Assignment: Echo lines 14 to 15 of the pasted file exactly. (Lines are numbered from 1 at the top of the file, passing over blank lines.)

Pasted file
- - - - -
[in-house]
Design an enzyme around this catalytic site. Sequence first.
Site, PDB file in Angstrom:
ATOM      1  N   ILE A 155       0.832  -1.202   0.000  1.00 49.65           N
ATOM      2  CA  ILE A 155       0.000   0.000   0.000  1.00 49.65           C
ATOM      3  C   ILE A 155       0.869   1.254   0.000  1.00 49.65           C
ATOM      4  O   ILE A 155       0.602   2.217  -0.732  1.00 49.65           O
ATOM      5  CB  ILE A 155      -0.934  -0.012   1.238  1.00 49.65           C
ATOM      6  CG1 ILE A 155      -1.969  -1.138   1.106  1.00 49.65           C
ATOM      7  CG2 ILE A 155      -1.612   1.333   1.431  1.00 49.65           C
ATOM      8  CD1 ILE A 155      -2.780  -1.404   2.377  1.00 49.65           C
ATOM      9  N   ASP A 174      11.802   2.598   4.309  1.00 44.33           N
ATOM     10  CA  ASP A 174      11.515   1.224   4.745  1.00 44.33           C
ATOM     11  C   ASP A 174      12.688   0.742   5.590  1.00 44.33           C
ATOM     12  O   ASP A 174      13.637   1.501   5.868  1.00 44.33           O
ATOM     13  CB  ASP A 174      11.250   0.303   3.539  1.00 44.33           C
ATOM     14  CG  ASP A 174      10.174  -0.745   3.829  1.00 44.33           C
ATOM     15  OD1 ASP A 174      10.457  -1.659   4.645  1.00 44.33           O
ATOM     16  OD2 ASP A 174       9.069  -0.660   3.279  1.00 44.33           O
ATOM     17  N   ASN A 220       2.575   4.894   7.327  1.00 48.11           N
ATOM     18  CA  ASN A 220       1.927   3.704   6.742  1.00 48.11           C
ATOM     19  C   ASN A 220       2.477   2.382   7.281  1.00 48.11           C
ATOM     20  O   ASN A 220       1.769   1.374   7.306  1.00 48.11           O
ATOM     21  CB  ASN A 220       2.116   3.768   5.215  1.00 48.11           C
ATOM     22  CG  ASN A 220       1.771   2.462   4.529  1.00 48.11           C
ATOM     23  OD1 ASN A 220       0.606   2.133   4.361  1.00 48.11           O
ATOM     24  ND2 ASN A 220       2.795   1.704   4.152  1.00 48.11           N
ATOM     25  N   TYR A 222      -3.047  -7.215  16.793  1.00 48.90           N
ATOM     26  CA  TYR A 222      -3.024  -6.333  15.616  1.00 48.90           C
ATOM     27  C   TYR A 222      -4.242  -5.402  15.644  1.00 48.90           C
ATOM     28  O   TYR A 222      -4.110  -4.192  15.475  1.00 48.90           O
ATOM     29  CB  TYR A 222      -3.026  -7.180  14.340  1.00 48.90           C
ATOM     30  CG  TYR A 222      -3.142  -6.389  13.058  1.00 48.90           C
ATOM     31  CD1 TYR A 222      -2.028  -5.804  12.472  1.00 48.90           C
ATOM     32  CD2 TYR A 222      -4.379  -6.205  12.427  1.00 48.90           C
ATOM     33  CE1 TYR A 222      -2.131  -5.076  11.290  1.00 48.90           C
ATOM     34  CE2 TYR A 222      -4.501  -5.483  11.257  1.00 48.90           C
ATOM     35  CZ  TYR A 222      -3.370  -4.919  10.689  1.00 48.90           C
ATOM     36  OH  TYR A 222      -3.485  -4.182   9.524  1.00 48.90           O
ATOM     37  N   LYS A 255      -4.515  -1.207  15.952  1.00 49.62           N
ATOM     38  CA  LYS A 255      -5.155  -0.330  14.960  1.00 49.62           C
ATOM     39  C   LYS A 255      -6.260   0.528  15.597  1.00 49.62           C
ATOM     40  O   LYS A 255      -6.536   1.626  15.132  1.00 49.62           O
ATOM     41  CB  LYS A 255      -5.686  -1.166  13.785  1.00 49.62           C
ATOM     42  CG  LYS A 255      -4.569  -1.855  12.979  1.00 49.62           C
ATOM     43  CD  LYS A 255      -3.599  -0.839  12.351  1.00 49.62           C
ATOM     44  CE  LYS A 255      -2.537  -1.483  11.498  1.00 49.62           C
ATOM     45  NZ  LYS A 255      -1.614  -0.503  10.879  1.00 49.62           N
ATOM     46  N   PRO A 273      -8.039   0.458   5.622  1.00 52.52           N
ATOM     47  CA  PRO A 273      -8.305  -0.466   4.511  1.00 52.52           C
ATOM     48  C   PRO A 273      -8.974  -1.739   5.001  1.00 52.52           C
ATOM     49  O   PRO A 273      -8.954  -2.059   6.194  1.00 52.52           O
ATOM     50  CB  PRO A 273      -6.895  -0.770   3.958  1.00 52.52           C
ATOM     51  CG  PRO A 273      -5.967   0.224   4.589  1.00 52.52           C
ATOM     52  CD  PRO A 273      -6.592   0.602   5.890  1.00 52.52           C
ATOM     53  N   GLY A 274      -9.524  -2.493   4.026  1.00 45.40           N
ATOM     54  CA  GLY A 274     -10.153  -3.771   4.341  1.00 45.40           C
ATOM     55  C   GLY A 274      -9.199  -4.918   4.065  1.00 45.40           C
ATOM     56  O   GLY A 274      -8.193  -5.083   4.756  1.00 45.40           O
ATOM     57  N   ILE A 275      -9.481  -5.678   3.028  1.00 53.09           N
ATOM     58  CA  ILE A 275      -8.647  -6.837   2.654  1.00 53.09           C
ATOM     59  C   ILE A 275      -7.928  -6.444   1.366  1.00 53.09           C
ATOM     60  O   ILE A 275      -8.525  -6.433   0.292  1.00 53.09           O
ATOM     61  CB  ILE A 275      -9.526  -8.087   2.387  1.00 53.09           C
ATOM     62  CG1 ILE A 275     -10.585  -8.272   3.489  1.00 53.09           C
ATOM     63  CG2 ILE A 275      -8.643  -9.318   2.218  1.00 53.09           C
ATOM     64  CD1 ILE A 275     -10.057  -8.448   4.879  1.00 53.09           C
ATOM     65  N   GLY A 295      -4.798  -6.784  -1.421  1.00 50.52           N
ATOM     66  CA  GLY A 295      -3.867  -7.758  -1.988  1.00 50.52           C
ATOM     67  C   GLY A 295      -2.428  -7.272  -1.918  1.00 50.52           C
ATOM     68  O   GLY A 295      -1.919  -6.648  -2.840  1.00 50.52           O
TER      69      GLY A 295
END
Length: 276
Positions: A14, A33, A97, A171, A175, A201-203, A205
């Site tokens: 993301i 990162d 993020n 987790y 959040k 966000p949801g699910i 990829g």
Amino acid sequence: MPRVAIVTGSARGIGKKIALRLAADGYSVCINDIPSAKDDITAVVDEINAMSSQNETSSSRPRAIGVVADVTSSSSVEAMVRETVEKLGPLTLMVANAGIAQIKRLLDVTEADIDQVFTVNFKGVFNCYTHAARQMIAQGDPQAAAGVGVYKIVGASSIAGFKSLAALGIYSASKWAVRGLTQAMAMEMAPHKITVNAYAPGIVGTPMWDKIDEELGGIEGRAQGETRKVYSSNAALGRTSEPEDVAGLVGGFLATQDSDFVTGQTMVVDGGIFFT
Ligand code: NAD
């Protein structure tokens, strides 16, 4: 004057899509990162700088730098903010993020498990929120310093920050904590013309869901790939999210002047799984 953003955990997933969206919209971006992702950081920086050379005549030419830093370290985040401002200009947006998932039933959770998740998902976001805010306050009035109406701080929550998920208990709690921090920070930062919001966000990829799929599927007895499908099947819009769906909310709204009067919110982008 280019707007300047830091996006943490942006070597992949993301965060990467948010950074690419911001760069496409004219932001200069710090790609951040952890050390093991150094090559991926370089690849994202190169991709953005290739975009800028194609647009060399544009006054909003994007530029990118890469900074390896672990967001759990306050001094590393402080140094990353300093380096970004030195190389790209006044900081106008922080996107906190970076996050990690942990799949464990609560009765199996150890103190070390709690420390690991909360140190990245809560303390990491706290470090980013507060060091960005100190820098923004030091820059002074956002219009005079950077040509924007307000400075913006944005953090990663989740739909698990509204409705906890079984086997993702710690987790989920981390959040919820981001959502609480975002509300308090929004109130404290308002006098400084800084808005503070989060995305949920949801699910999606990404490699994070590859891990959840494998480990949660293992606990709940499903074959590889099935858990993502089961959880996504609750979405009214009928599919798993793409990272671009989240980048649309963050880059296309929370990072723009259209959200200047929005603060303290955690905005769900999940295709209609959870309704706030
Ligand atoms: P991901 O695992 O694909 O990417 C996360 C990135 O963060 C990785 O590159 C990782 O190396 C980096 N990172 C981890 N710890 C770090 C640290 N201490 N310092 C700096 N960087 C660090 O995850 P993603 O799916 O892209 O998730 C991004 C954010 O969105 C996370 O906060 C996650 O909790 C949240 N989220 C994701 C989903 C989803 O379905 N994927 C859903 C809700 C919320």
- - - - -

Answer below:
ATOM     11  C   ASP A 174      12.688   0.742   5.590  1.00 44.33           C
ATOM     12  O   ASP A 174      13.637   1.501   5.868  1.00 44.33           O